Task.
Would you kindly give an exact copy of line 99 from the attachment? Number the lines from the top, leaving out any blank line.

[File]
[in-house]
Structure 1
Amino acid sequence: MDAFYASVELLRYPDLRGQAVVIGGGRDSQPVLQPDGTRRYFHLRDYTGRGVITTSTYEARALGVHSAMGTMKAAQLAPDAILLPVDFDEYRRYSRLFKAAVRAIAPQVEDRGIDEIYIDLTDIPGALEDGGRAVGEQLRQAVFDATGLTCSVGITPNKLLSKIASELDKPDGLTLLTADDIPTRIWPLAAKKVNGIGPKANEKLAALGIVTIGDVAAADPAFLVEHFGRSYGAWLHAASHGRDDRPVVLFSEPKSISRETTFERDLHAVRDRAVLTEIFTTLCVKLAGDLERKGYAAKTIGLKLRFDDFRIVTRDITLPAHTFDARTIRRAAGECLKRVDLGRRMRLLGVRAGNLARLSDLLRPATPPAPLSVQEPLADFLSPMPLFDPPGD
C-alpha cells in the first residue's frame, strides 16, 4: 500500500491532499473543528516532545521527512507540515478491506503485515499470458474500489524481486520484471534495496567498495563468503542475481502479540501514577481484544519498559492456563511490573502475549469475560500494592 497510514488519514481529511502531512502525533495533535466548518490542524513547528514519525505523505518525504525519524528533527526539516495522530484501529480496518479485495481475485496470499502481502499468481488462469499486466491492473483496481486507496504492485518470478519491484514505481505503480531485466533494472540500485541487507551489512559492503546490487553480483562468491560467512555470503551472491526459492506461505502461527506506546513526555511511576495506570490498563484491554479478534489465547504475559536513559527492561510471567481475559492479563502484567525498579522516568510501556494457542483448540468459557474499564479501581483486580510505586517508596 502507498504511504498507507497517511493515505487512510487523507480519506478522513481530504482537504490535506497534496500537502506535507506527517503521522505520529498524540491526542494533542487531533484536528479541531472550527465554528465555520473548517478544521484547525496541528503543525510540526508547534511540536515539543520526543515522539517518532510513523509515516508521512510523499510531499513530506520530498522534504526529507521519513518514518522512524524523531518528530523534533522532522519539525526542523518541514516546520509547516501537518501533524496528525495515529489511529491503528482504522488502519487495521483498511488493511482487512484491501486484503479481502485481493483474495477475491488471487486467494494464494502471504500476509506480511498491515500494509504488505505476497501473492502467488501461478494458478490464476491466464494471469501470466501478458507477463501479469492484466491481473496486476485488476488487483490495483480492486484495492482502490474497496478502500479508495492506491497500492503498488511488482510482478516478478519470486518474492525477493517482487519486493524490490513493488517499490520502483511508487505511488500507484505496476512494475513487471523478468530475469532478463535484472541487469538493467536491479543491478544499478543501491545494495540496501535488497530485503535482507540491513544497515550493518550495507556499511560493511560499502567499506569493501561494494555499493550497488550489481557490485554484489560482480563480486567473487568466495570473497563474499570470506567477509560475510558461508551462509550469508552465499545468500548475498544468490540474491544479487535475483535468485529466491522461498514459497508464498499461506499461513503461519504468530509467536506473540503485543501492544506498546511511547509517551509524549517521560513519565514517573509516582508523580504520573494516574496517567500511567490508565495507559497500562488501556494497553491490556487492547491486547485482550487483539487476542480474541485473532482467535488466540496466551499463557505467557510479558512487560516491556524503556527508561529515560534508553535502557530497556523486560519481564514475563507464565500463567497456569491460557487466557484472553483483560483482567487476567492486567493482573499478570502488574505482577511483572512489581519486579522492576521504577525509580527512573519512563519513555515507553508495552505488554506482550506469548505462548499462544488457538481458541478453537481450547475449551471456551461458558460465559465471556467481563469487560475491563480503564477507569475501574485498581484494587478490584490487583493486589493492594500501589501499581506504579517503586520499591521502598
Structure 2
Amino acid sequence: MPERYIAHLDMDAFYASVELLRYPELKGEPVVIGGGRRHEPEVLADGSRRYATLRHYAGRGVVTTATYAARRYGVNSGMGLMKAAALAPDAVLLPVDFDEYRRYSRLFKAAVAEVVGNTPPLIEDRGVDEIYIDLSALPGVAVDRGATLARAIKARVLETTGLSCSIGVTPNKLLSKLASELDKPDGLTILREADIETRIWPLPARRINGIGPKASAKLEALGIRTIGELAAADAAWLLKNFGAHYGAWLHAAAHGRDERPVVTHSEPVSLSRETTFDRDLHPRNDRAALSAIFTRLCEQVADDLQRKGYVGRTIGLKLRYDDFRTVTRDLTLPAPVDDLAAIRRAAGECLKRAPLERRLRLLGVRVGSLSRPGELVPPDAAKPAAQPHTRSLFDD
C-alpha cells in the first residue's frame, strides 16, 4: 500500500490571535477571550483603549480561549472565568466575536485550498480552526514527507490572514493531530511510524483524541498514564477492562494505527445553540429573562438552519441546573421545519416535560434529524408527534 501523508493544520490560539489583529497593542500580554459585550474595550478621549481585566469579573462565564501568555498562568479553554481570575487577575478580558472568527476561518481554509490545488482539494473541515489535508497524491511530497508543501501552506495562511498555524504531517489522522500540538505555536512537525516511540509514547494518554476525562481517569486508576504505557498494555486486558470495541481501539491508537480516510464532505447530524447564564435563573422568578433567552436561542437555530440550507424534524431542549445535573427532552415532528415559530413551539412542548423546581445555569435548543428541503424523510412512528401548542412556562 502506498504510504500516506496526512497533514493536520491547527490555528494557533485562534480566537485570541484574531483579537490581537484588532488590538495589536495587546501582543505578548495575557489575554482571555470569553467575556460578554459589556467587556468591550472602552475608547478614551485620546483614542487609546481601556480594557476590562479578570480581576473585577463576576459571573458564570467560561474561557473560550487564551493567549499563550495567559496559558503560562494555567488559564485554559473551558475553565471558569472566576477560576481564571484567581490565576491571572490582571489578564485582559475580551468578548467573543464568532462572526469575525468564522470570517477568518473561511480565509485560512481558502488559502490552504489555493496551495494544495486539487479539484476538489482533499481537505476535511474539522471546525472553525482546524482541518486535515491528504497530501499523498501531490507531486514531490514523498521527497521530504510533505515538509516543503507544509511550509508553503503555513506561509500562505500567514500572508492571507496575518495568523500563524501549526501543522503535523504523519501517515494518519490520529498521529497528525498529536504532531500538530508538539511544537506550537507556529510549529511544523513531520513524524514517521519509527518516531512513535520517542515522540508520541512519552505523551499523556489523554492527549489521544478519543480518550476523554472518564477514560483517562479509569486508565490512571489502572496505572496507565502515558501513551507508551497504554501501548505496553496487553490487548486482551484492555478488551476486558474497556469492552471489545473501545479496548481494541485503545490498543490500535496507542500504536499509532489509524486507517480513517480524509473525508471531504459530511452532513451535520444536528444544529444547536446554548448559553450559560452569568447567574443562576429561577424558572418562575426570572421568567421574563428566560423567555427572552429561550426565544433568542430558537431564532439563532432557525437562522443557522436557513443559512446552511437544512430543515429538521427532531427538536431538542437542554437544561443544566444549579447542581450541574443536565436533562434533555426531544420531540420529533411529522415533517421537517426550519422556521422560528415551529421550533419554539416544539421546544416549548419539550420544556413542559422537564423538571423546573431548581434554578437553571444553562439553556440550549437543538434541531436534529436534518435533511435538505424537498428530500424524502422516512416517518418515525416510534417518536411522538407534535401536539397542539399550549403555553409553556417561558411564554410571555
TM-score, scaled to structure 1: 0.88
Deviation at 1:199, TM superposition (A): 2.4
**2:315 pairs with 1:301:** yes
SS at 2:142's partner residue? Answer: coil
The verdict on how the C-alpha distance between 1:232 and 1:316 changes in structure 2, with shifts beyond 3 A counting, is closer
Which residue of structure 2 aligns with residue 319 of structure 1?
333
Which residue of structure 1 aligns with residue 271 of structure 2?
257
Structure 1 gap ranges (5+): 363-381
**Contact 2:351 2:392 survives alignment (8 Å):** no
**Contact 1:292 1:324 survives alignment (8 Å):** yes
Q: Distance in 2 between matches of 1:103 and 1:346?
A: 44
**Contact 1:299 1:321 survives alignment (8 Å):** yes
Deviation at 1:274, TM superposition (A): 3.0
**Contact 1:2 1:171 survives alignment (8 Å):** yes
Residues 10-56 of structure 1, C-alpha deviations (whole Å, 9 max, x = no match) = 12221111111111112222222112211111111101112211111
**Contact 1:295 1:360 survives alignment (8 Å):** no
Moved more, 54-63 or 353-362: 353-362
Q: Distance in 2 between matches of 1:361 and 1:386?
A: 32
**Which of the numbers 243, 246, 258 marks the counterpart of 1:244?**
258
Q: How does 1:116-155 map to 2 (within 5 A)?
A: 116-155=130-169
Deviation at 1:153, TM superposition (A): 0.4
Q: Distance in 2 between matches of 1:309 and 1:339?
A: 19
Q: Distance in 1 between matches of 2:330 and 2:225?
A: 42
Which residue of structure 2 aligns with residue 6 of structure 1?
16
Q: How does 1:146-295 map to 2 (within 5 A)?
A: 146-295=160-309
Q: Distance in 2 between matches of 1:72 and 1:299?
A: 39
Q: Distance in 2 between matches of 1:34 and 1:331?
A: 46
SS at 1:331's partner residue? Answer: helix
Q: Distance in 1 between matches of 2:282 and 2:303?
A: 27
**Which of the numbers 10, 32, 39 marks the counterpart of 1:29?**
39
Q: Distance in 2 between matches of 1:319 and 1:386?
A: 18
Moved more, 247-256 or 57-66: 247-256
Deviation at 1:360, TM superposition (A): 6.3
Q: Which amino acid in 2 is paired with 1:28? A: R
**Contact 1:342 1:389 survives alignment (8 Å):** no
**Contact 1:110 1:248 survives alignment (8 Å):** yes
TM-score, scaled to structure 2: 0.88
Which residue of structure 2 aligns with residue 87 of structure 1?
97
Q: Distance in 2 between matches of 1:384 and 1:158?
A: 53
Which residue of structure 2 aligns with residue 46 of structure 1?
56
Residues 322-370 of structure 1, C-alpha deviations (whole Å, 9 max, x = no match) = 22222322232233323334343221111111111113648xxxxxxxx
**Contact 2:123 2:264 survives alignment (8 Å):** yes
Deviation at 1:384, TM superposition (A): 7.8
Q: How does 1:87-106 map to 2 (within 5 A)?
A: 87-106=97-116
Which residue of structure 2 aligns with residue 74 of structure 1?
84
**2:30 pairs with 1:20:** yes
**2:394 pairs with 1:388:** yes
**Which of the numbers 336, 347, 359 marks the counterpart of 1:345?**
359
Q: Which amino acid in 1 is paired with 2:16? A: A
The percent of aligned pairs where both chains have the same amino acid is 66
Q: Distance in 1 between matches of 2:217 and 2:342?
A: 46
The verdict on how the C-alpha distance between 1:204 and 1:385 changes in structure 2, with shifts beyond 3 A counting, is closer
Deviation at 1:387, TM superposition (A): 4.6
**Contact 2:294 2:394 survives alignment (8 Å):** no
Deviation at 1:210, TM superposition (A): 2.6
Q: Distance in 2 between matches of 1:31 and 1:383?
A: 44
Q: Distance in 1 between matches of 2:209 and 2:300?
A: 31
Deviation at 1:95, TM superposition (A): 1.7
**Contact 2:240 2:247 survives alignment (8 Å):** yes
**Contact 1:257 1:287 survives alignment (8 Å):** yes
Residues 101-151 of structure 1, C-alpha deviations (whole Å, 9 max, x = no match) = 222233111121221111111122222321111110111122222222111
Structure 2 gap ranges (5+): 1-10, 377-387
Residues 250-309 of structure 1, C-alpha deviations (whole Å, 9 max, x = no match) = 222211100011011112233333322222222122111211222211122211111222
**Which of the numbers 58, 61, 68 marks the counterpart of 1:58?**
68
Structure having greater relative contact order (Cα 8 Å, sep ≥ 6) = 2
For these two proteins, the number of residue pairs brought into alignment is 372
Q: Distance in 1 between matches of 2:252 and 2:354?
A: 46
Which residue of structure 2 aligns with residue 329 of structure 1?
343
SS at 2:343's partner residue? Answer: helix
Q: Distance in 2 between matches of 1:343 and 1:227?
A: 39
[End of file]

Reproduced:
Q: Distance in 1 between matches of 2:252 and 2:354?